On the same day, the seventh Project 955 submarine, Imperator Alexander III, was launched into water. The construction of strategic submarines is behind schedule. Generalissimus Suvorov and Imperator Alexander III were expected to enter service in 2020.

Tree more submarines of this line are under construction. Knyaz Pozharsky was laid down in December 2016. That is the last submarine built under the original 2012 plan that called for construction of eight Borey/Borey-A submarines. The idea of continuing the production of Borey/Borey-A was discussed at various points of time - the total of ten in 2012, the total of 14. Later in 2018 the decision was made to build two more, bringing the total to ten. The contract with OSK/Sevmash was signed in July 2020. The submarines, Dmitry Donskoy and Knyaz Potemkin, were laid down at Sevamash in August 2021.

UPDATE: The submarine will eventually join the Pacific Fleet.

According to the commander of the Strategic Rocket Forces, Russia conducted four missile launches in 2022 (all of them from Plesetsk) and plans to launch eight missiles in 2023. Some launches will be conducted from the Kapustin Yar test site.

Two of these four launches were conducted as part of strategic exercise - mobile Yars on 19 February 2022 and on 26 October 2022. One launch was the first flight test of the Sarmat ICBM on 20 April 2022.

There was no official announcement of the fourth launch. It is reported to be a test launch of a Sirena-M command missile, based on Yars ICBM, that was conducted in June 2022.

The original plan call for "more than ten launches" in 2022. This is generally in line with the past practice - the actual number of ICBM launches is about half of the projected.

The upcoming launches of ICBMs from Kapustin Yar may be somewhat significant. In these launches an ICBM is normally launched to the Sary-Shagan site in Kazakhstan. The array of radars deployed at Sary-Shagan by the Soviet Union helps collect all kinds of data related to warhead re-entry. The most recent test of this kind took place in November 2019 (there was another one shortly before that, in July 2019). One potential issue is that Kazakhstan is a state party to the Treaty on the Prohibition of Nuclear Weapons, which entered into force in January 2021. The treaty prohibits its parties from assisting anyone in any activity prohibited by the treaty. While ICBMs are not, of course, nuclear weapons, carrying nuclear warheads is their only mission (at least today). One can interpret TPNW provisions in different ways, but I would think that assisting someone in developing better ICBMs is not exactly consistent with the treaty obligations. It is, of course, something for states parties to decide.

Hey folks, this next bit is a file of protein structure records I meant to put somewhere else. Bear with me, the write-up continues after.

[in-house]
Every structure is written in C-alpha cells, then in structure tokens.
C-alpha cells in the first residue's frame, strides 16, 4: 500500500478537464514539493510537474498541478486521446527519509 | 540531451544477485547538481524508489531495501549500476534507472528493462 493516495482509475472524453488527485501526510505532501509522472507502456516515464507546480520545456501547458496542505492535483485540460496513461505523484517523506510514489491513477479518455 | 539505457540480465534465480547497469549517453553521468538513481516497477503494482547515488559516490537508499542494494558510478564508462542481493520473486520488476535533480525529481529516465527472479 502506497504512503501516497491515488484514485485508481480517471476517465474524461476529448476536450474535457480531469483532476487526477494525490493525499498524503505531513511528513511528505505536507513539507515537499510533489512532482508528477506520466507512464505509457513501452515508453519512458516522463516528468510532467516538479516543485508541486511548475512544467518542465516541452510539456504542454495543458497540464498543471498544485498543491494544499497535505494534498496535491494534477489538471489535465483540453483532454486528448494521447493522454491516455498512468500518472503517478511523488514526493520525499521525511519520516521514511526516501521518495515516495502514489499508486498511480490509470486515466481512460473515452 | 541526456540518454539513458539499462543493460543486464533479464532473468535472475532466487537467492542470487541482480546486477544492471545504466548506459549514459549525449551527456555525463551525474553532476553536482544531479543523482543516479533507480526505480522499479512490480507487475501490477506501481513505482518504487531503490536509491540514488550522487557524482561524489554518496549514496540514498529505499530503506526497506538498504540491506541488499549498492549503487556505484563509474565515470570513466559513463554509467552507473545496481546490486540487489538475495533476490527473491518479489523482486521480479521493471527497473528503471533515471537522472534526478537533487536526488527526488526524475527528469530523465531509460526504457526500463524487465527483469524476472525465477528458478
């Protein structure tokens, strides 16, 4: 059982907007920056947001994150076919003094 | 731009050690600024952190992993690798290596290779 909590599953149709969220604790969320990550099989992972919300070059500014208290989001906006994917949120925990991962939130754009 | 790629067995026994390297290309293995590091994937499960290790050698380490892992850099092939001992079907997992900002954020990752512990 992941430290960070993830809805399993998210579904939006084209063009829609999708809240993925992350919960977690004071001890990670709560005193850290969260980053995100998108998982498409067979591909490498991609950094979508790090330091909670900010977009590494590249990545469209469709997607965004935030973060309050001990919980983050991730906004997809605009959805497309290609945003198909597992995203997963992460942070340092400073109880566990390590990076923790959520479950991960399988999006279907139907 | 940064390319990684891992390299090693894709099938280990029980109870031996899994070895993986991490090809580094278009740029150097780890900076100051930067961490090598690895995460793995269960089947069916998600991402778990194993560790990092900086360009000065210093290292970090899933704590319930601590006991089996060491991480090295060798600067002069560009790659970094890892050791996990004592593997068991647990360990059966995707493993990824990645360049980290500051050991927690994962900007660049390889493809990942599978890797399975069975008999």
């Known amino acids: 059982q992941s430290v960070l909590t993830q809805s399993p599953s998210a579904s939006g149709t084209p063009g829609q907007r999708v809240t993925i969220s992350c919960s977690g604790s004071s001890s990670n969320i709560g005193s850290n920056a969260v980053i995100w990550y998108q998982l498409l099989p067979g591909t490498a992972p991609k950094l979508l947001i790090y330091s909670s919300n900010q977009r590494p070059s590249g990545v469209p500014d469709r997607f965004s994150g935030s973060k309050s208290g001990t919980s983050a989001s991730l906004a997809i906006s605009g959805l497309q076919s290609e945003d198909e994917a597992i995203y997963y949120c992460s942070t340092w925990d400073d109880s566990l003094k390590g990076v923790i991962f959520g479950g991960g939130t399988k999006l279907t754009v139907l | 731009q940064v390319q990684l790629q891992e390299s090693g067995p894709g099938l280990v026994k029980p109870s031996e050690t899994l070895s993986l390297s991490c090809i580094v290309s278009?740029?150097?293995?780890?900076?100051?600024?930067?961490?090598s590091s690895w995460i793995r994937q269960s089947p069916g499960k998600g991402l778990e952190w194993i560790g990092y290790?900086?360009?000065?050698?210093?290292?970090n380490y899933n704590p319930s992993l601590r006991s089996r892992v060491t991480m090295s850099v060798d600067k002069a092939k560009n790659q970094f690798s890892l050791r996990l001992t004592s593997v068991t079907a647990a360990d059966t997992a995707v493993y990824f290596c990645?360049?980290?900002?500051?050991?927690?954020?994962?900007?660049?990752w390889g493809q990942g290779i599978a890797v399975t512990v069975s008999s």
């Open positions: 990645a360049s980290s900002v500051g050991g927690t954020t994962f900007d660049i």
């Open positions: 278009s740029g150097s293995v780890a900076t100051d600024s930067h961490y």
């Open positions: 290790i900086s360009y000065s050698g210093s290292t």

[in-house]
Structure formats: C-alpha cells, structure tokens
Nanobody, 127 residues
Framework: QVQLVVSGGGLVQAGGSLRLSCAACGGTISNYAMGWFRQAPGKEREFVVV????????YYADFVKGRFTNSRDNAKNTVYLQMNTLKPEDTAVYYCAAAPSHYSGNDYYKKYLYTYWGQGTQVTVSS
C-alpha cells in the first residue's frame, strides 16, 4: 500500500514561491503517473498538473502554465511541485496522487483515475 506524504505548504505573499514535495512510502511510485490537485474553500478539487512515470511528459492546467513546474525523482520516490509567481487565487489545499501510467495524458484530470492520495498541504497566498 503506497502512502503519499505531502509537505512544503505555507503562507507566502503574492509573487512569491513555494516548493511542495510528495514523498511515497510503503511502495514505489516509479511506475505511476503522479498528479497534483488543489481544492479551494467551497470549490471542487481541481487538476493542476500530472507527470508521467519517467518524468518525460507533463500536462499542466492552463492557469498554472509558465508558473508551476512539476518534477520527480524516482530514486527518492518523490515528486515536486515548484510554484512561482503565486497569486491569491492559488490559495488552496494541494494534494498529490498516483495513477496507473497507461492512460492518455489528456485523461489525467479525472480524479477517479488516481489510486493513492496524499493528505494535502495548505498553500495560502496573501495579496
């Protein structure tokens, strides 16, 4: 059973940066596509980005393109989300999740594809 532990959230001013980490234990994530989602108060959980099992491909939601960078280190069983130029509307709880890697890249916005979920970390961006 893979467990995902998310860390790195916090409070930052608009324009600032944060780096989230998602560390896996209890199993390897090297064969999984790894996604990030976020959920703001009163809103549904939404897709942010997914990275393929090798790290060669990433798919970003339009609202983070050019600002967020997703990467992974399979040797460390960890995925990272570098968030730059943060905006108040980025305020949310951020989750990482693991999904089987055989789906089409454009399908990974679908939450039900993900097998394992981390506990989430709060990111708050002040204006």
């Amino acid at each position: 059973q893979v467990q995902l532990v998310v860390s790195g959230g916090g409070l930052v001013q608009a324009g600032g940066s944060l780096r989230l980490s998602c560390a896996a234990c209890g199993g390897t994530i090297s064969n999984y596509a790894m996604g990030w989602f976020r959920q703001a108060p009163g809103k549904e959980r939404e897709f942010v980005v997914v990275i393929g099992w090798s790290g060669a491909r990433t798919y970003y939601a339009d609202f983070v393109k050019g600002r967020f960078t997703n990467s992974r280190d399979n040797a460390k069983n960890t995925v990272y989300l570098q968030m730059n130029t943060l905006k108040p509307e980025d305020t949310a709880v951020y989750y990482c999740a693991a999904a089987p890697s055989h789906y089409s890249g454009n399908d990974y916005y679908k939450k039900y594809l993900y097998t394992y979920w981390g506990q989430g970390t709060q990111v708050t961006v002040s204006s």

2022-12-01 Missile defense test.pngThe Air and Space Defense Forces conducted a test of the new interceptor of the Moscow missile defense system at the Sary-Shagan test site. According to a VKS representative, "the new interceptor fully confirmed its technical characteristics in a series of tests and the combat crews successfully completed the mission by hitting the notional target with required accuracy." The test appears to have taken place on 1 December 2022.

Previous test of a missile defense interceptor took place in September 2021.

2022-11-28 Cosmos-2564.pngThe Air and Space Forces performed a successful launch of a Soyuz-2.1b rocket from the launch pad No. 3 of the launch complex No. 43 of the Plesetsk space launch site. The launch took place at 18:17 MSK (15:17 UTC) on 28 November 2022. The satellite that the rocket and its Fregat boost stage delivered into orbit is reported to be a Glonass-M navigation satellite. The satellite has been designated Cosmos-2564. It received international designation 2022-0161A and was registered by NORAD as object No. 54377.

Previous Glonass launch took place in October 2022. However, it was a satellite of a Glonass-K class (as were the other recent Glonass satellites, launched in July 2022 and in October 2020). The last Glonass-M launch took place in March 2020. It has been reported that production of newer Glonass-K satellites was suspended by the western sanctions.

2022-11-22 Uzhur.pngAs Sarmat slowly goes through the flight tests (the first one took place in April 2022), construction of silos for the missile has already started. In 2016 the Strategic Rocket Forces announced that Sarmat will be deployed in Uzhur and Dombarovskiy. Earlier, it was reported that the total of 46 missiles will be deployed eventually.

As of October 2022, construction was underway at two silos of the 302nd regiment of the 62nd missile division at Uzhur (h/t BR).

55.11361 89.63472

55.03472 89.72861

Note that it is a six-missile regiment.